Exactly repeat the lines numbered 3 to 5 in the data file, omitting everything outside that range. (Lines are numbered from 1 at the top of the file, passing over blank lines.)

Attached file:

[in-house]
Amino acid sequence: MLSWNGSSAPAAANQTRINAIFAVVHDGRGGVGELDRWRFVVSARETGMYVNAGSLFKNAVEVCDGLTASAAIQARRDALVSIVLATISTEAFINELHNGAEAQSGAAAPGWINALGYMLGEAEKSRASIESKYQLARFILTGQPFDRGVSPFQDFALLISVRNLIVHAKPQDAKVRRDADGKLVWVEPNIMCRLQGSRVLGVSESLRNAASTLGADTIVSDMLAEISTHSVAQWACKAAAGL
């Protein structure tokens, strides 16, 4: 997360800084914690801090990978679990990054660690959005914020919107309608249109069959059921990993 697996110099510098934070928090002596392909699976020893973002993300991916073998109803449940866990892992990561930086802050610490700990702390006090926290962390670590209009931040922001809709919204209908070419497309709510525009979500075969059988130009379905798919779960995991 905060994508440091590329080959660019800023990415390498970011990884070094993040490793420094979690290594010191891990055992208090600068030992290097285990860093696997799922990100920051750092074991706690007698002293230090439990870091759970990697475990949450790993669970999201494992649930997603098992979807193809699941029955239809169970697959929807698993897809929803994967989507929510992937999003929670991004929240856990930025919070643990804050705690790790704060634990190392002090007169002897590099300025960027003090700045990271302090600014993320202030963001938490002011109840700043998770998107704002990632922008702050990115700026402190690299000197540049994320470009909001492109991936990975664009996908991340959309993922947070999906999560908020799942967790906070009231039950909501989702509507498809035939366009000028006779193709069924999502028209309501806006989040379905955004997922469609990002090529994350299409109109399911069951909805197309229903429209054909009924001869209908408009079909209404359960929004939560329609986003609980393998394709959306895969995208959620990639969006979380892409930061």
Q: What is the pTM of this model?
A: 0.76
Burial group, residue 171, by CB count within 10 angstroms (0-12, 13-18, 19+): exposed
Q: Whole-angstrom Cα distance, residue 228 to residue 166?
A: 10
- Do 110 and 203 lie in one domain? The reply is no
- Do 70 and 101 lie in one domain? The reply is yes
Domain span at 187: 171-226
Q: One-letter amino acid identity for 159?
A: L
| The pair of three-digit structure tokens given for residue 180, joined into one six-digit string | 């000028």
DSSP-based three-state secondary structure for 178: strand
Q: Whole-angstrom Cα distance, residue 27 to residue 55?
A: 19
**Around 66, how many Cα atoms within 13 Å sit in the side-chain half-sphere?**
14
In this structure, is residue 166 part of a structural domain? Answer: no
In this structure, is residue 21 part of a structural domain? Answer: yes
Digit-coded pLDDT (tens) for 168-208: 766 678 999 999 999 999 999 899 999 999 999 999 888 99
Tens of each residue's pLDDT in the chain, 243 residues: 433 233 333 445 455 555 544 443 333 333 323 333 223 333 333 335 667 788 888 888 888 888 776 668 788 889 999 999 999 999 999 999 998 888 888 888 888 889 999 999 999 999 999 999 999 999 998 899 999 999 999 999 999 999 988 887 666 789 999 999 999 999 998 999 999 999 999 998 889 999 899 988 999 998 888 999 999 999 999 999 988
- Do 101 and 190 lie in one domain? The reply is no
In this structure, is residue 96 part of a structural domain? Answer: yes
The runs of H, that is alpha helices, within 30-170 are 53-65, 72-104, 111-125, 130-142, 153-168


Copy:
């Protein structure tokens, strides 16, 4: 997360800084914690801090990978679990990054660690959005914020919107309608249109069959059921990993 697996110099510098934070928090002596392909699976020893973002993300991916073998109803449940866990892992990561930086802050610490700990702390006090926290962390670590209009931040922001809709919204209908070419497309709510525009979500075969059988130009379905798919779960995991 905060994508440091590329080959660019800023990415390498970011990884070094993040490793420094979690290594010191891990055992208090600068030992290097285990860093696997799922990100920051750092074991706690007698002293230090439990870091759970990697475990949450790993669970999201494992649930997603098992979807193809699941029955239809169970697959929807698993897809929803994967989507929510992937999003929670991004929240856990930025919070643990804050705690790790704060634990190392002090007169002897590099300025960027003090700045990271302090600014993320202030963001938490002011109840700043998770998107704002990632922008702050990115700026402190690299000197540049994320470009909001492109991936990975664009996908991340959309993922947070999906999560908020799942967790906070009231039950909501989702509507498809035939366009000028006779193709069924999502028209309501806006989040379905955004997922469609990002090529994350299409109109399911069951909805197309229903429209054909009924001869209908408009079909209404359960929004939560329609986003609980393998394709959306895969995208959620990639969006979380892409930061």
Q: What is the pTM of this model?
A: 0.76